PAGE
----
The study, by programmatic agency Infectious Media, surveyed more than 200 decision-making marketers with programmatic remits in EMEA, Asia-Pacific and/or North America.
It found that 71% of advertisers believe media agencies have struggled to adapt to programmatic.
Nearly three-quarters (74%) said agencies don't fully report financial data and just one percentage point less claimed agencies do not accurately measure programmatic.
Part of the issue is the complexity of the supply chain with 66% of advertisers finding that they lack control over their relationship with publishers.
Just over half of those interviewed (53%) believe this is the result of agencies being untrustworthy.
The hybrid model of the future
Nevertheless, advertisers do not want to do it all. Nearly all (96%) said agencies should manage multiple aspects of programmatic advertising going forward.
However, 86% also said they would manage some aspects of programmatic in-house in the future too, suggesting a hybrid relationship is set to become the norm.
Larger advertisers had the greatest appetite for "in-housing", with almost half (49%) saying they would like to bring strategic planning in-house, and manage relationships with publisher data and inventory themselves.
While this desire to bring planning in-house was partly driven by a lack of transparency (68%) and control (65%), the availability of more qualified staff in-house (71%) and advances in DSPs and DMPs (69%) were the more significant drivers.
"The extent to which brands want greater control and believe agencies have struggled to adapt to programmatic should be a wake-up call for our industry," Martin Kelly, Infectious Media chief executive and co-founder, said. "For agencies, there’s an urgent need to proactively address advertisers’ concerns by offering full transparency and working with partners that can effectively prove the value of programmatic."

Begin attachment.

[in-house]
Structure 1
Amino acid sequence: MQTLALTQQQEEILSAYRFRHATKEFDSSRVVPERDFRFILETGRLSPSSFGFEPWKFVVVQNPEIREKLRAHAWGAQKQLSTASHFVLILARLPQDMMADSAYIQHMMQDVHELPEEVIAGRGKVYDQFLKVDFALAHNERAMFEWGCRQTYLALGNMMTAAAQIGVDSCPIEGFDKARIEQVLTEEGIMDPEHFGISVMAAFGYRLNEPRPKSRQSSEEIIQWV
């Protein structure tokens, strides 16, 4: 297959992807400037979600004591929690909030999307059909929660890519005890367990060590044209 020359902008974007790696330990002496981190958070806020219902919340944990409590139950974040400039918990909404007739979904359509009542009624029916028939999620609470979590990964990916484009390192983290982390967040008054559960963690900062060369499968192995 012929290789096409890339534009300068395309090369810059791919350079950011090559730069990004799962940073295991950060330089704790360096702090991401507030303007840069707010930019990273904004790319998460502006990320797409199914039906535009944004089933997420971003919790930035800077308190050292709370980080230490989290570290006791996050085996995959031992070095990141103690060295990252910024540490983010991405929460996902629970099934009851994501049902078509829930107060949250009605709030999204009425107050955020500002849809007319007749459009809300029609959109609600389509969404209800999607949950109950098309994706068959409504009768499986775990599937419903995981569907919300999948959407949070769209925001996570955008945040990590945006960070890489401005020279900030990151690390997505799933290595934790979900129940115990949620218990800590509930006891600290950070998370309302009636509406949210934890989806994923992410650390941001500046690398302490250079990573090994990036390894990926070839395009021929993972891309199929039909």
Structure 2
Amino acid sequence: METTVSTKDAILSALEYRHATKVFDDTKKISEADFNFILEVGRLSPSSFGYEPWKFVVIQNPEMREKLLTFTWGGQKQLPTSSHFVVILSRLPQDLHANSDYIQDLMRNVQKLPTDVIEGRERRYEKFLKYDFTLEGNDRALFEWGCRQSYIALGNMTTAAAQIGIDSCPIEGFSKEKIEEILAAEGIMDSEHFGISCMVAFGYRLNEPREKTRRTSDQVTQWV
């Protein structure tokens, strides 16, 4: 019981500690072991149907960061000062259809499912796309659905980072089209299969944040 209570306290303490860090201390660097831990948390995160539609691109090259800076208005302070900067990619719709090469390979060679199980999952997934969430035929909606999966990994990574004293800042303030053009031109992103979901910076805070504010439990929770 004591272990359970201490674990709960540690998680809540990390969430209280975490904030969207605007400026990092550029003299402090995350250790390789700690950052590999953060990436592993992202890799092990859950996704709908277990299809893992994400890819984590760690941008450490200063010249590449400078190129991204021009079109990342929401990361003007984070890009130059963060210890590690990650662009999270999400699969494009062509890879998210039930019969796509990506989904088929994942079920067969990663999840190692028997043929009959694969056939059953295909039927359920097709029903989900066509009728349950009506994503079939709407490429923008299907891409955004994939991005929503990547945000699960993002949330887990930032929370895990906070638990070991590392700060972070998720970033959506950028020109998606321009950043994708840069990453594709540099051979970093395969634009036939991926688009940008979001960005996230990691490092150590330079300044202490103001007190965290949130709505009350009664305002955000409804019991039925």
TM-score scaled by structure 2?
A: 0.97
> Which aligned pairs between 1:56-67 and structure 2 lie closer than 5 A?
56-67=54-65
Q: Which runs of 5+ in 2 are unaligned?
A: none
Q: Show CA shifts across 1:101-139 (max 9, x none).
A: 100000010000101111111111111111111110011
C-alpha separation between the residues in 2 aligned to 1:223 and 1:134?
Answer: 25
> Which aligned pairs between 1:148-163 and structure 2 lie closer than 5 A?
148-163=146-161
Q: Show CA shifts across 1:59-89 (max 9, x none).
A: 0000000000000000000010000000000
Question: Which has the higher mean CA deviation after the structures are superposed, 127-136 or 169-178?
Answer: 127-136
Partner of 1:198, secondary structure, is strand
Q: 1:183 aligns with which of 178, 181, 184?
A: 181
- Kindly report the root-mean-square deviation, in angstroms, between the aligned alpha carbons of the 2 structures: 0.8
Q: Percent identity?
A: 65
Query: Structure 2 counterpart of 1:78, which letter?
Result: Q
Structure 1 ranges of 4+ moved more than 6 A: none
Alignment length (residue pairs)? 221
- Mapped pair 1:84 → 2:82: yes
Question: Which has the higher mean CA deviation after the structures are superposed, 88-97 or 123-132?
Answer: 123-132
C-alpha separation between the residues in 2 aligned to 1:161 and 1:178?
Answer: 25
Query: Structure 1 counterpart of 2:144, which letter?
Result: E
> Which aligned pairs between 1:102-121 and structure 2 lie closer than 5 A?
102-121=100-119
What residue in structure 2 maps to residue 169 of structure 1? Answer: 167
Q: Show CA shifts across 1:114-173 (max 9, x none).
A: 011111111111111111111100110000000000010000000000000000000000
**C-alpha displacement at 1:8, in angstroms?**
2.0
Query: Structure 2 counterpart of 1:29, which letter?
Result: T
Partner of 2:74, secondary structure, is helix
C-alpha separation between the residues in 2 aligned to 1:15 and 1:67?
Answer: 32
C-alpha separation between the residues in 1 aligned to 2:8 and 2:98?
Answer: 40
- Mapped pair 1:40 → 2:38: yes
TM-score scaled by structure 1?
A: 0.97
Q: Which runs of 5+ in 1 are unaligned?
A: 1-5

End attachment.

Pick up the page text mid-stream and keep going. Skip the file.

Digital strategy overhaul
Linked to this distrust of agencies is wave of account reviews. A study by Teads found that 44% of chief marketers at large brands in the UK are reviewing their relationships with suppliers, and 43% are reviewing agencies.
The survey of 100 chief marketers, conducted by Censuswide, 83% of respondents said they have become more concerned about brand safety in the past year and 77% are more worried about ad fraud than before.
In response to these concerns, 95% of chief marketers said they’ve overhauled their digital strategy. Many are demanding greater transparency from suppliers and agencies, with nearly half (44%) questioning their supplier relationships and 43% scrutinising agency relationships.
In the future, 93% plan to choose agencies or suppliers based on their ability to prove brand safety and transparency.
Over a third (36%) have boycotted or reduced spend on channels that can not guarantee brand safety and 37% of chief marketing officers say they are now directly involved in the execution of digital strategy.
Two fifths (39%) have discussed booking campaigns direct with suppliers, and a similar number (41%) are even considering taking ad buying in-house.
Despite this action, brand safety concerns persist for chief marketing officers. Two fifths (43%) want reassurance from publishers that they’re controlling risky content on their sites (43%). Over a third (36%) want agencies to address their questions on transparency and 34% are worried how users could react to ads appearing next to unsafe content.
"In order to get to the root of these issues we need to rally together as an industry to make sure transparency, brand safety and fraud-free environments are guaranteed at every level," Justin Taylor, UK managing director at Teads, said. "For brands and agencies, this means having transparency and verification on ad buys; if it’s not viewed, the advertiser shouldn’t pay."